When it was founded, Vitudurum was in the province of Gallia Belgica and during the Roman Empire it was in its successor province, Germania Superior, which existed from the year 90 to the end of the 3rd century. In late antiquity, the Vicus Vitudurum was in the province of Maxima Sequanorum, created by the administrative reform of the Roman Emperor Diocletian (284-305) around 297 AD.
In terms of transport, the Vicus was on the Roman road coming from Vindonissa (today Windisch) and Aquae Helveticae (today Baden) to Ad Fines (today Pfyn), Arbor Felix (today Arbon), Ad Rhenum (Warsch. St. Margrethen) and Brigantium (today Bregenz ). Further connections lead from Vitudurum southwards via the Irgenhausen fort to Kempraten and northwards towards Tasgetium (Eschenz).
The Vicus Vitodurum itself was built at the south-east foot of the Lindberg. Excavations show that the organic material of the vicus was well preserved due to the partially soaked terrace. The center of the vicus was on the so-called church hill, a spur formed by the Eulach and the Riedbach.
Vicus Vitodurum - a typical settlement of Roman times
A vicus (plural: vici) was a small-town settlement in the northern provinces of the Roman Empire. The economic focus of such settlements was in commercial production, handicrafts, trade and services. The designation was independent of the size of the settlement; depending on their function, they ranged in size from a small street settlement to the sprawl of contemporary cities.
Linguistically, the term vicus can be traced back to the Indo-European expression weik, which in its basic meaning probably stands for house. If you look up vicus in the dictionary, the translations court, (country) spot, district or alley are often given. So the word must have been a designation for districts of Rome and with the expansion of Roman territory it became the designation of an out-of-town district, i.e. a small satellite town. It is often referred to as vicus, which is neither clearly municipium nor colonia nor villa rustica. This very open definition is supplemented by assignment according to certain characteristics such as the building plan structure, public buildings or function.
Roman vici had no administration of their own, no legal status and were assigned to the regional authority of a civitas. However, some vici themselves achieved the status of a civitas capital (e.g. Nida-Heddernheim or Pforzheim). Not all had public buildings such as thermal baths or temples. Some locations of the vici could be located using the tabula peutingeriana and the itinerarium antonini.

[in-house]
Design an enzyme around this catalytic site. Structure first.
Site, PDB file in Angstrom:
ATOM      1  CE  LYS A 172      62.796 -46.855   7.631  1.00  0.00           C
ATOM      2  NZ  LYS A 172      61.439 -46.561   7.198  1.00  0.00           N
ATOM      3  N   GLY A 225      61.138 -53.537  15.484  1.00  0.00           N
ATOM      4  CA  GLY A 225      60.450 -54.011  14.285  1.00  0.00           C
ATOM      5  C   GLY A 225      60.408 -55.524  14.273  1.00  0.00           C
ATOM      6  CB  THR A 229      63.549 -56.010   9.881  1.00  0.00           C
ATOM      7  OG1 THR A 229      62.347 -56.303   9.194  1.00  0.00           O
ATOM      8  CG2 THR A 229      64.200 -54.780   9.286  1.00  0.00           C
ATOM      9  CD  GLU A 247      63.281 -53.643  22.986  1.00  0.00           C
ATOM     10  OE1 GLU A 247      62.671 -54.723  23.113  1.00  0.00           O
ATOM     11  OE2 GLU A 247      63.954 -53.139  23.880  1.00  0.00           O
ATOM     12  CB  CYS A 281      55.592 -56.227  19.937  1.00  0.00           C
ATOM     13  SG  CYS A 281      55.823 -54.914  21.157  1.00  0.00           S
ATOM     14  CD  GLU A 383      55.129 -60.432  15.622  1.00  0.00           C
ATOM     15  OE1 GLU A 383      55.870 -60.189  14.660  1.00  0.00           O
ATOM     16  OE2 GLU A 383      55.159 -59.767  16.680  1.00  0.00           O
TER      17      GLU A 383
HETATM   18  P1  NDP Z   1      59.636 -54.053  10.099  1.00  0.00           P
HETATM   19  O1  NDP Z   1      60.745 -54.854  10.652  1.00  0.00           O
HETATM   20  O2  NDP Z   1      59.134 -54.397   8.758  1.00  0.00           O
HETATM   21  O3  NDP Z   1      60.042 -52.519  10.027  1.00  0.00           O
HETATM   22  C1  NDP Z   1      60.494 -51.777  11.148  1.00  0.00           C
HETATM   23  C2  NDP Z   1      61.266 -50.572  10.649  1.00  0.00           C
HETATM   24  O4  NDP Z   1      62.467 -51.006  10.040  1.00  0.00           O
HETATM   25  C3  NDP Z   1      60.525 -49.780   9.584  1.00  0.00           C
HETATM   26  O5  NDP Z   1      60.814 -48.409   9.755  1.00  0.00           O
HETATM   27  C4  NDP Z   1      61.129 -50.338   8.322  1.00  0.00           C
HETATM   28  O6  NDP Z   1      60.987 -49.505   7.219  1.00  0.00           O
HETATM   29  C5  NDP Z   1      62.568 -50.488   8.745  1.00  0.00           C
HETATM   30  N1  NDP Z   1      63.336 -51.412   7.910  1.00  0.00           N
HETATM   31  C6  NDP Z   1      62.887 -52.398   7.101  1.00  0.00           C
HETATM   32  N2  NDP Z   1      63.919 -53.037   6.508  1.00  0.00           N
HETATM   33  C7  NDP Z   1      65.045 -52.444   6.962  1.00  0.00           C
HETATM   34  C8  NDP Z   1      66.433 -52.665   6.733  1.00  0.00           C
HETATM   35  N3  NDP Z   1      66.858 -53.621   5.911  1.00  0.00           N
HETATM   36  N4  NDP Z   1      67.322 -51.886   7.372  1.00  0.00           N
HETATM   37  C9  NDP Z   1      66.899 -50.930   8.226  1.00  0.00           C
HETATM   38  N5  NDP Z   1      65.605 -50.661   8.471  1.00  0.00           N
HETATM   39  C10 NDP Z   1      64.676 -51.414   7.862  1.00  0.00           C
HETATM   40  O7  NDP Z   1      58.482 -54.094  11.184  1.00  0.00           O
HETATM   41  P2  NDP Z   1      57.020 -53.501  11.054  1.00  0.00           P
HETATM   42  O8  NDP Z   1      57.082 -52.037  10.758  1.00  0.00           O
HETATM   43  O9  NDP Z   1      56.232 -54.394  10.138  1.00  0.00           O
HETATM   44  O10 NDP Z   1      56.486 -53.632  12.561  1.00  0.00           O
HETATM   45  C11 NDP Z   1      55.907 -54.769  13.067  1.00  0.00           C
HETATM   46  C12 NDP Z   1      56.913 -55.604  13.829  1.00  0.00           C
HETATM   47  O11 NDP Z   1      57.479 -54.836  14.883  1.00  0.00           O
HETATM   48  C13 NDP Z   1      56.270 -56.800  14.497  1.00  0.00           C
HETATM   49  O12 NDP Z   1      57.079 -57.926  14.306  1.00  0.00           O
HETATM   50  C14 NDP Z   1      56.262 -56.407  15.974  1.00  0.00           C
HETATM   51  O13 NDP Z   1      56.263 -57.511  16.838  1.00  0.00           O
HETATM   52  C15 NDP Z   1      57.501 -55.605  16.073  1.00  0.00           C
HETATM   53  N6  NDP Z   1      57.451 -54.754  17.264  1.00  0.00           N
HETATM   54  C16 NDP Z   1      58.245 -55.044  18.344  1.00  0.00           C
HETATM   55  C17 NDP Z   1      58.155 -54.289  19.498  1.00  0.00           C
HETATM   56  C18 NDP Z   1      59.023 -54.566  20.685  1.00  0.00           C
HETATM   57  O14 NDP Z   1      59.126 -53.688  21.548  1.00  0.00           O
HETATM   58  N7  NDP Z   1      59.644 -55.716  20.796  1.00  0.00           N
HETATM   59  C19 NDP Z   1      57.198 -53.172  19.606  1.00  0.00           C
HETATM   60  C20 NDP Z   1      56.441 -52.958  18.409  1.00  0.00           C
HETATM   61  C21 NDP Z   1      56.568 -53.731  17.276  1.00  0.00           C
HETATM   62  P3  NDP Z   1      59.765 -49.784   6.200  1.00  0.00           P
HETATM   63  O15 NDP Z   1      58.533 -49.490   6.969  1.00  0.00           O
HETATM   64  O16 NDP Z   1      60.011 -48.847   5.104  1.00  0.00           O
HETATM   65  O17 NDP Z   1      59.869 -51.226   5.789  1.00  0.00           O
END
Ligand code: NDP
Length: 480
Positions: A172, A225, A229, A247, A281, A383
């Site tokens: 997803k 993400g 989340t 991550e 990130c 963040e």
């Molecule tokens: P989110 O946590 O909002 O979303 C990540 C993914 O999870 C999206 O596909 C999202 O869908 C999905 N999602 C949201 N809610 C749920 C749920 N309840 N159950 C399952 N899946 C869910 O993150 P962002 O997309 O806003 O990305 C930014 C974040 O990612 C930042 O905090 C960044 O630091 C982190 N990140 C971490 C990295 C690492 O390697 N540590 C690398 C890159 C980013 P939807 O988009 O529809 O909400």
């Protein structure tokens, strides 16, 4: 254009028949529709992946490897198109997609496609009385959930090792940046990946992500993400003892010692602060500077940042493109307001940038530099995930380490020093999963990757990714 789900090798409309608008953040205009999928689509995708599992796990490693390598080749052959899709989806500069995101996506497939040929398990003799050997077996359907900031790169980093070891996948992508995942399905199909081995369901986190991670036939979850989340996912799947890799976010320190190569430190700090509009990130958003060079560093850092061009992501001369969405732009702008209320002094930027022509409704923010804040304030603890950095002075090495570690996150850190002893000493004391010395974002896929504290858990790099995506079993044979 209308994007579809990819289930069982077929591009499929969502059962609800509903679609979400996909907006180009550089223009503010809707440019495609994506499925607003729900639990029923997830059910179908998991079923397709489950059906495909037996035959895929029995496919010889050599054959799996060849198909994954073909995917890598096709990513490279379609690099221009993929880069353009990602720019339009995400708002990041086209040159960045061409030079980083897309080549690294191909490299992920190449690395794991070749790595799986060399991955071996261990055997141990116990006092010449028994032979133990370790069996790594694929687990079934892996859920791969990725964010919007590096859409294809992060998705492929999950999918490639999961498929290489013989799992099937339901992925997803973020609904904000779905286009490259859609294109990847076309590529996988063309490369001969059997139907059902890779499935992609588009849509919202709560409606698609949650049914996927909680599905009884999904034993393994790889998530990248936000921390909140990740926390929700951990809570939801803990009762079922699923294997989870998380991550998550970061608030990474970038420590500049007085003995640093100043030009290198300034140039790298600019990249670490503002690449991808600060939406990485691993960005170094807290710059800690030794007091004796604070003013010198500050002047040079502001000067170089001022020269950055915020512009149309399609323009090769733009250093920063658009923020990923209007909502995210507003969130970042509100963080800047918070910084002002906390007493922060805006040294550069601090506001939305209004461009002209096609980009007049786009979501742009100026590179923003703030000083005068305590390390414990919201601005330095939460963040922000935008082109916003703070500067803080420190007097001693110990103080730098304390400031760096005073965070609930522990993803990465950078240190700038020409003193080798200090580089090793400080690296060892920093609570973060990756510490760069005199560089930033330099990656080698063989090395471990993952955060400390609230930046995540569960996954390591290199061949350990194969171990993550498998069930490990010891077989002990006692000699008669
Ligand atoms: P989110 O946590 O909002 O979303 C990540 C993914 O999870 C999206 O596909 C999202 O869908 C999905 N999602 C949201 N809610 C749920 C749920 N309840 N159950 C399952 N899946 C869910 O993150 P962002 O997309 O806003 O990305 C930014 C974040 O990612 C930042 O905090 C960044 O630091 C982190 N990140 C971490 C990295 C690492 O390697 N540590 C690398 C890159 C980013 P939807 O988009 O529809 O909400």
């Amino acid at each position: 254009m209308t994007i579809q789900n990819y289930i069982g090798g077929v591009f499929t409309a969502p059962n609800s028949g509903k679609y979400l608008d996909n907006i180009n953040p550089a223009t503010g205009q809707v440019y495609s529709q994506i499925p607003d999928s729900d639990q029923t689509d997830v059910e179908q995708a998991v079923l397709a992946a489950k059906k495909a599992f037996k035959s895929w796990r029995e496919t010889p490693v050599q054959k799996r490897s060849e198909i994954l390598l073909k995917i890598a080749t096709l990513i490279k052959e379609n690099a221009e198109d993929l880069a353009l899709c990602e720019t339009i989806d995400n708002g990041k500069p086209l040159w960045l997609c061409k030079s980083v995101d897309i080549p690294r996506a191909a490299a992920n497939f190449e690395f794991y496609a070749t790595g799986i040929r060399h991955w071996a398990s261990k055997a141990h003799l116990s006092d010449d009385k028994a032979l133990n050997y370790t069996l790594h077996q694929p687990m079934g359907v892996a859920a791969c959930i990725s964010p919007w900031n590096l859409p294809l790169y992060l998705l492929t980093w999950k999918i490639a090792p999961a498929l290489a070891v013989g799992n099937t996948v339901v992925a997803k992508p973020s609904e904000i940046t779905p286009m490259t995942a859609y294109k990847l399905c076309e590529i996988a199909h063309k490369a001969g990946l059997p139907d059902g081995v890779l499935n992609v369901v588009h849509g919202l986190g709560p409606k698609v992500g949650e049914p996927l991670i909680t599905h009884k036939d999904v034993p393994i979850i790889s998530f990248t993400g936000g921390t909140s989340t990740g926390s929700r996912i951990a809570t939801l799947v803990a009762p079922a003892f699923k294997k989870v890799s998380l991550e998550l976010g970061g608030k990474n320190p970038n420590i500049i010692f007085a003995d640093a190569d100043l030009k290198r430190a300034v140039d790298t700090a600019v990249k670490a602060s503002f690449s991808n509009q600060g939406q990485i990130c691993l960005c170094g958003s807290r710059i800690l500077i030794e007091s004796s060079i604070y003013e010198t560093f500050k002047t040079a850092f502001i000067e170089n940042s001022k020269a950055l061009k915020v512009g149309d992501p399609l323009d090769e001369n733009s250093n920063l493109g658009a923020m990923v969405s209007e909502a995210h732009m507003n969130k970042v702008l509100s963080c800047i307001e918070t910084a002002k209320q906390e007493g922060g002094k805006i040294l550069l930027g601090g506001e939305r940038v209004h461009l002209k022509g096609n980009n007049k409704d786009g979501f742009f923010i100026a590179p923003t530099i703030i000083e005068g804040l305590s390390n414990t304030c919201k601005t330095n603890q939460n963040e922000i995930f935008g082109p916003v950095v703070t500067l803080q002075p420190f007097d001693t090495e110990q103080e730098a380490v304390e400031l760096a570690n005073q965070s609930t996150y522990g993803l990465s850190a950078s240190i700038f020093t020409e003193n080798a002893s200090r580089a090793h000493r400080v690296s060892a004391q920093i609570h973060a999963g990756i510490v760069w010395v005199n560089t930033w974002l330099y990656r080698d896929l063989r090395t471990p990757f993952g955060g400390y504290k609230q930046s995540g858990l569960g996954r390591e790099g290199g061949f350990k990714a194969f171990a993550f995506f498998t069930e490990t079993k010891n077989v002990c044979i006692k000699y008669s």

Isidore of Seville described vici as settlements "that are not distinguished by the rank of a municipality, but are inhabited by an ordinary community of people and, because of their tiny size, are assigned to larger communities."
A Roman fort is built for fortification
In Roman times, what is now Oberwinterthur was probably the first place where there was a settlement called Vicus, which, according to an inscribed tablet, was fortified with a fort in 294 AD due to ongoing attacks by the Alemanni on the settlement. Vitudurum was located on an important Roman road that led from Vindonissa to Lake Constance. The Roman settlement has provided rich archaeological information and numerous finds and is now a focus of archaeological research in the canton of Zurich, with new sites being discovered again and again. It is assumed that in Vitudurum various workshops such as forging, pottery, tanneries existed. In the settlement there was also a temple, a thermal bath and a water supply system. The archaeological finds can be traced back to around 400 AD, there are no more recent finds. During this time, the Romans withdrew from the Rhine border and also left Vitudurum.
The Roman fort Vitudurum had an inscription that may have decorated the gate of the Roman fort built around 294 AD (photo from the town hall at the beginning of the text). This tablet was later brought to Constance, where it was venerated as a sanctuary by the common people, since the city's inhabitants held the inscribed tablet as proof of the founding of Constance by Emperor Constantius I in the Middle Ages. At the beginning of September 1967, the piece was handed over from Constance to Winterthur as a sign of neighborly friendship and has been exhibited in Winterthur's town hall ever since. On this inscribed tablet the year 294 AD is given as the laying of the foundation stone for Vitudurum. However, this is the laying of the foundation stone of the Vitudurum fort, because a Roman settlement probably existed here as early as 1 AD.
At least one Roman country house must have stood in the area of today's old town, so a Roman heating system was found in 1923. Furthermore, other stray finds were found in various places in today's urban area. A pointed moat was also found in the area of the old town, which may have come from a Roman fortification.
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